Archive for September, 2008

Sep 16 2008

Is Guilt Written in the Brain?

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Perhaps, but as yet we do not have the technology to read it. This is the holy grail of law enforcement, counter terrorism, and intelligence – the ability to detect with absolute accuracy whether or not a subject is lying or telling the truth. It stands to reason that the process (on a neurological level) of fabricating a lie would be different than remembering an actual event. So why shouldn’t we be able to detect whatever differences there are?

This question has now gone from theoretical to very real with the conviction in India of a woman of murder based upon a controversial new technology called Brain Electrical Oscillations Signature test (BEOS) developed by Indian neuroscientist Champadi Raman Mukundan.

Theoretical Background

It is not impossible based upon our current knowledge of neuroscience that there would be detectable difference in brain activity between lying and telling the truth, or recalling a true memory from a fabricated one. There is already a great deal of research looking at this very question. Much of the recent research uses fMRI, which measure blood flow to the brain and from that can infer the relative activity of the different parts of the brain. Using fMRI for this kind of research is doable – but very tricky. The awake brain is constantly in a state of chaotic mental activity and it can be challenging to tease out the relevant activity from the tangential or incidental.

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Sep 15 2008

An Important Victory Against HIV Quackery

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Ben Goldacre – one of the pillars of science-based medicine in the UK, and a splendid chap – has recently emerged victorious from a libel law suit filed against him and his paper, The Guardian, by Matthias Rath. Rath recently pulled the suit. He is now responsible for the 500,000 pound legal expenses of The Guardian, and has already been made to pay half that amount.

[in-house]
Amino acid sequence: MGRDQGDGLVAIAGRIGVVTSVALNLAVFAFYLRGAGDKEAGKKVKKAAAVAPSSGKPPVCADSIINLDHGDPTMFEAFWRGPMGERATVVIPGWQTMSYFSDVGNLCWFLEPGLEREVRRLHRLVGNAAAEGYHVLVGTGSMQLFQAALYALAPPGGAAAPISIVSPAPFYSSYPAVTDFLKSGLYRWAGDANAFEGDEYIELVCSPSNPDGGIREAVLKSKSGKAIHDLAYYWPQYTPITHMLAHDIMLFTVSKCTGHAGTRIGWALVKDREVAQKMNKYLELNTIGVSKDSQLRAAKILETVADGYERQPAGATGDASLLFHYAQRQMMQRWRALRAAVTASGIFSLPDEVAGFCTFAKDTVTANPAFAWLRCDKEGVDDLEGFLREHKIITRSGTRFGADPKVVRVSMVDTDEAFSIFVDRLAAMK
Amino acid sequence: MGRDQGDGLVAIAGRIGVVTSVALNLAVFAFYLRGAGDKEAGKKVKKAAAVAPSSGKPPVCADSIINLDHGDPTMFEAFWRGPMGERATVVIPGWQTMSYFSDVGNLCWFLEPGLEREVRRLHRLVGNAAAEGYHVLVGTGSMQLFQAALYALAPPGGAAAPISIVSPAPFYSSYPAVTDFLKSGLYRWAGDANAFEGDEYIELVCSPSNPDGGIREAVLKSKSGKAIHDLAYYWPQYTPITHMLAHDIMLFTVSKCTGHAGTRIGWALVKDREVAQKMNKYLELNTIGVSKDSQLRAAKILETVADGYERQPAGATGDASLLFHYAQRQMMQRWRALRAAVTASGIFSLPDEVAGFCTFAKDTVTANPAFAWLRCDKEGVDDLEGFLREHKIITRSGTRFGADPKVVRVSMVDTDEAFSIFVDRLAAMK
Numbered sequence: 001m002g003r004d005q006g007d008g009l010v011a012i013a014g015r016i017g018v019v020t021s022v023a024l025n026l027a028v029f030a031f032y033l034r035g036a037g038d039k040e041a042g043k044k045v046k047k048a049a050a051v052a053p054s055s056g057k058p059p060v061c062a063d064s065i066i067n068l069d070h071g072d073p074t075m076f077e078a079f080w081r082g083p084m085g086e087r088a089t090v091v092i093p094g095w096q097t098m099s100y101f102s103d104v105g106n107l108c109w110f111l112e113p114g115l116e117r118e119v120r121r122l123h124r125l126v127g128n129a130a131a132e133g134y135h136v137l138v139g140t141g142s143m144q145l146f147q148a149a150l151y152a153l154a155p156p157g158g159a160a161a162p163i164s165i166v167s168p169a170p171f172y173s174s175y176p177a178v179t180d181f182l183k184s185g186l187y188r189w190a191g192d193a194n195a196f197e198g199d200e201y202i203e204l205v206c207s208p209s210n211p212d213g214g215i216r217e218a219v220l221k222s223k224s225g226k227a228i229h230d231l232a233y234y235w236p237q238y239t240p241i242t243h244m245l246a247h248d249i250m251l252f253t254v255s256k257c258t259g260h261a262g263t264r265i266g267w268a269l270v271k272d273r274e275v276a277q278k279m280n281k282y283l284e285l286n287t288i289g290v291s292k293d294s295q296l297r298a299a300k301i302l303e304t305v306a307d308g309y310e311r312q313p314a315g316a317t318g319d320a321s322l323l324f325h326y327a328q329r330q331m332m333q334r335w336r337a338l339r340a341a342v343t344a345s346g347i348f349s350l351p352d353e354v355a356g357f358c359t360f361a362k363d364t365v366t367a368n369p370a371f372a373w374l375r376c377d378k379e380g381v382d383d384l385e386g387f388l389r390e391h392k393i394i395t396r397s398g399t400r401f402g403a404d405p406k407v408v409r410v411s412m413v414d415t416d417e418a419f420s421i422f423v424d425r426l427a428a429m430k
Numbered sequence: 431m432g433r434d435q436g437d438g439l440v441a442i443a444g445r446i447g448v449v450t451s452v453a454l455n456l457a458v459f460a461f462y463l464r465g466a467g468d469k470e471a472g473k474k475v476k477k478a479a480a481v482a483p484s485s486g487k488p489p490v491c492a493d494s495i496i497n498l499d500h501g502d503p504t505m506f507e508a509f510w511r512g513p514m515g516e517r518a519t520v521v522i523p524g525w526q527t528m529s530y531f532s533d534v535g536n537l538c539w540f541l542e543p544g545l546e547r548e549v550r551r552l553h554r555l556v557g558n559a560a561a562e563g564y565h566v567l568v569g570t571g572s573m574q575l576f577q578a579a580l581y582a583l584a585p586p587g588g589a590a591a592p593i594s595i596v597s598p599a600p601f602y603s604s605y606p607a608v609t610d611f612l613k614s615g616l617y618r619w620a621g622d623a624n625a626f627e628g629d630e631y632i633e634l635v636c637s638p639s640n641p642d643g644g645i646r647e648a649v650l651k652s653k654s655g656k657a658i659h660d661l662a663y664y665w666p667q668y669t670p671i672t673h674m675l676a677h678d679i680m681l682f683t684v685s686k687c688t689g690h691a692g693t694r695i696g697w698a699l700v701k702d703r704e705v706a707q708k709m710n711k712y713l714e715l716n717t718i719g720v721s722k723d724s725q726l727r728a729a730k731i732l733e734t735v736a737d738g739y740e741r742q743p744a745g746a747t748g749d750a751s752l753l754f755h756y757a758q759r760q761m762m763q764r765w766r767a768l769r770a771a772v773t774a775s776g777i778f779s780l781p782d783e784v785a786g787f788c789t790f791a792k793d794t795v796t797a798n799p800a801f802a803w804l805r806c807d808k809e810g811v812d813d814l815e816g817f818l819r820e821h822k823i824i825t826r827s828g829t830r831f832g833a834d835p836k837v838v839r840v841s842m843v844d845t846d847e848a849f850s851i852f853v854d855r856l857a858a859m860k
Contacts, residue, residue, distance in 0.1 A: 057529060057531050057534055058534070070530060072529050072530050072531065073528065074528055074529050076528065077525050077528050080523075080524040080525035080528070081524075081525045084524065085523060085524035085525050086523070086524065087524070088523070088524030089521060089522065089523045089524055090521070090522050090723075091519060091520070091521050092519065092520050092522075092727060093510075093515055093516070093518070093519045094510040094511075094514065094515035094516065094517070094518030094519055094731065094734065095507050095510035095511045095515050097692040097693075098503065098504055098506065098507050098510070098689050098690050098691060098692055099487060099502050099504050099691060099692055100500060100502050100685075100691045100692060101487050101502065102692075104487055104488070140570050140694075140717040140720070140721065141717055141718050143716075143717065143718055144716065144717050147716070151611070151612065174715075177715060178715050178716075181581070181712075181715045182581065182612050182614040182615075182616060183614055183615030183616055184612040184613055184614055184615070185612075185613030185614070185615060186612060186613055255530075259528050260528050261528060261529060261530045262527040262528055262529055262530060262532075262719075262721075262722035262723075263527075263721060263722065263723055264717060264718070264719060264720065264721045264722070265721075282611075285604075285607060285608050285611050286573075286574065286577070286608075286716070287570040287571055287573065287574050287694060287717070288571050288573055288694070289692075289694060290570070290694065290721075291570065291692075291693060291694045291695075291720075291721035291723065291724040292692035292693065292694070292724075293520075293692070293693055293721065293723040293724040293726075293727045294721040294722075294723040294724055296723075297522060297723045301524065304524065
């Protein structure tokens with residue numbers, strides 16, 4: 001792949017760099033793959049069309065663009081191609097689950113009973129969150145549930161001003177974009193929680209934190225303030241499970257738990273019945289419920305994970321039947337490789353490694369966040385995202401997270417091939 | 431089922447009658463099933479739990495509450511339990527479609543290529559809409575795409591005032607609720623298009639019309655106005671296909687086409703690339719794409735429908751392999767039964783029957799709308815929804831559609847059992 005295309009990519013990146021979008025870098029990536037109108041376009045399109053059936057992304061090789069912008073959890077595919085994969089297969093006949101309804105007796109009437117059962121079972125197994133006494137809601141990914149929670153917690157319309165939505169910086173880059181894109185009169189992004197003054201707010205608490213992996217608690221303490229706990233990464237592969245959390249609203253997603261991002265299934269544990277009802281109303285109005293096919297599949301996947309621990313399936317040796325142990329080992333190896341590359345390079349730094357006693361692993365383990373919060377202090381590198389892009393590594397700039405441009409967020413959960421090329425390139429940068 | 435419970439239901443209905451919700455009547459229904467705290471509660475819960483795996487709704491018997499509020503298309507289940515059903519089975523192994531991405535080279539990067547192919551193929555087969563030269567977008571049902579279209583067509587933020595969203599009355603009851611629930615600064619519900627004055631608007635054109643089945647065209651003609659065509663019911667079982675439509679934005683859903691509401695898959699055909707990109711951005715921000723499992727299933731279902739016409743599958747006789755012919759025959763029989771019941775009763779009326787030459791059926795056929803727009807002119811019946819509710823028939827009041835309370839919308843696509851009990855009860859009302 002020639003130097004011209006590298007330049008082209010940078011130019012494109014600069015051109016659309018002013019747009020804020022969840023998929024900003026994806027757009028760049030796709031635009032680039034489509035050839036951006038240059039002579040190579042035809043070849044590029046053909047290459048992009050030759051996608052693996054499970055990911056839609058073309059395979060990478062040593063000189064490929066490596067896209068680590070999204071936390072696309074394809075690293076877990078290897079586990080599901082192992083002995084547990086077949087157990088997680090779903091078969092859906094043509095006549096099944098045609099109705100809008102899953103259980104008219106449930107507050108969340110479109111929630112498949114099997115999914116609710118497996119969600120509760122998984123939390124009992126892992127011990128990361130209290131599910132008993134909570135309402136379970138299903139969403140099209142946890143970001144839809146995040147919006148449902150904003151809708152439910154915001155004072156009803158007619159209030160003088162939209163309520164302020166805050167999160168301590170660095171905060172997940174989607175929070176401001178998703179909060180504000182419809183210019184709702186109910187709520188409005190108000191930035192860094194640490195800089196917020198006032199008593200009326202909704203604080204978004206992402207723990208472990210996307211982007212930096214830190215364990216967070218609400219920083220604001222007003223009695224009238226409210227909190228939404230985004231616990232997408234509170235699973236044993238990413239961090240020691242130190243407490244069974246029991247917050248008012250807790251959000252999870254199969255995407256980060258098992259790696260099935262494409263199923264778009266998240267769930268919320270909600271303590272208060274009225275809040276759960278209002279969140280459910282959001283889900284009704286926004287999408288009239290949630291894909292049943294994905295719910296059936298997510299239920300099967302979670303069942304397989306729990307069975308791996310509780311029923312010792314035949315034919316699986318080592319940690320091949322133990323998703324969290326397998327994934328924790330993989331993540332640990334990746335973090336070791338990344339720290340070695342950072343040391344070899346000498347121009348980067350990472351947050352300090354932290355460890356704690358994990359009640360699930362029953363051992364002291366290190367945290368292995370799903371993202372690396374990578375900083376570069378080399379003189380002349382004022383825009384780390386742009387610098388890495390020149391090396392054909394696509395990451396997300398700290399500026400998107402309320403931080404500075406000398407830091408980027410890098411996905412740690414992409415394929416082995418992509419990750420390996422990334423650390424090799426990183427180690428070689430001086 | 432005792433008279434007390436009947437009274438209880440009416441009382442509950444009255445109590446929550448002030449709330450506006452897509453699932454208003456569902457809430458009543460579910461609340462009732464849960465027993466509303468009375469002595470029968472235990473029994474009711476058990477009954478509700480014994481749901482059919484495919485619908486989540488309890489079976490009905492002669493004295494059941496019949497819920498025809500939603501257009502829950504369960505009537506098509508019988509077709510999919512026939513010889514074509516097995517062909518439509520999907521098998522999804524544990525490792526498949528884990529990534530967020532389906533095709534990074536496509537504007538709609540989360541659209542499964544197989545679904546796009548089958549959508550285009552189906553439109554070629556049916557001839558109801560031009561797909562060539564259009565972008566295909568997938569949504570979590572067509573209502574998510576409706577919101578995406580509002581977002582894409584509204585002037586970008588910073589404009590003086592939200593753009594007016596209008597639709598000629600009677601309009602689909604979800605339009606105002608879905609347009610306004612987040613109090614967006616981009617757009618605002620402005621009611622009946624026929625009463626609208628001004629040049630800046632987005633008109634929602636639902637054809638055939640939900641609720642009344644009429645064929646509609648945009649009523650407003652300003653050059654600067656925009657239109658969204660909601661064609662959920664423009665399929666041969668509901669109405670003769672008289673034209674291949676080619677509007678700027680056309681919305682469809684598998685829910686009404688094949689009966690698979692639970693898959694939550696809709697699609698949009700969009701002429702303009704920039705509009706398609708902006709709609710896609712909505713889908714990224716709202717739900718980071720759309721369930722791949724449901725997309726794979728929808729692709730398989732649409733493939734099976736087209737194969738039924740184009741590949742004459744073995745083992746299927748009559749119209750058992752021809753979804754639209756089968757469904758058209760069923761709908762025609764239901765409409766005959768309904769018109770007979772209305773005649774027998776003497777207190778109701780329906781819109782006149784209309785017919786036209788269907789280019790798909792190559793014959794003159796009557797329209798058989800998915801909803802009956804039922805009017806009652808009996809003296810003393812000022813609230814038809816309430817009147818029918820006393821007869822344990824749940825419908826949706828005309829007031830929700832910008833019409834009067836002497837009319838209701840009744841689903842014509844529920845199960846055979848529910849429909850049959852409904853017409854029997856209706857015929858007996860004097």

Rath is a vitamin pusher – not unlike any snake-oil salesman, making unsubstantiated and far-fetched claims for his concoctions. He is a particularly insidious and odious quack, using populism and conspiracy theories to scare people away from science-based medicine and into his waiting arms. Look at his website, it is chock full of utter nonsense all presented as cutting edge science being oppressed by the powers that be – but he assures us we are at a turning point, looking upon the cusp of a brave new world where he is the king. Right.

One of the features of this brave new world, is that while Rath accuses the powers that be of trying to control information (Wikipedia is one such conspiracy, he claims) he is hostile to any open discussion or free debate on his claims. His hostility comes in the form of intimidating legal action. It is therefore particularly satisfying that he has so spectacularly lost – and in a country where he is automatically forced to pay his opponent’s legal fees.

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16 responses so far

Sep 12 2008

Teaching Creationism in Schools

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Reverend Professor Michael Reis, Director of Education at the Royal Society has recently advocated the “teach the controversy” approach to creationism in schools. He is quoted as saying:

“An increasing percentage of children in the UK come from families that do not accept the scientific version of the history of the universe and the evolution of species.

“What are we to do with those children? My experience after having tried to teach biology for 20 years is if one simply gives the impression that such children are wrong, then they are not likely to learn much about the science that one really wants them to learn.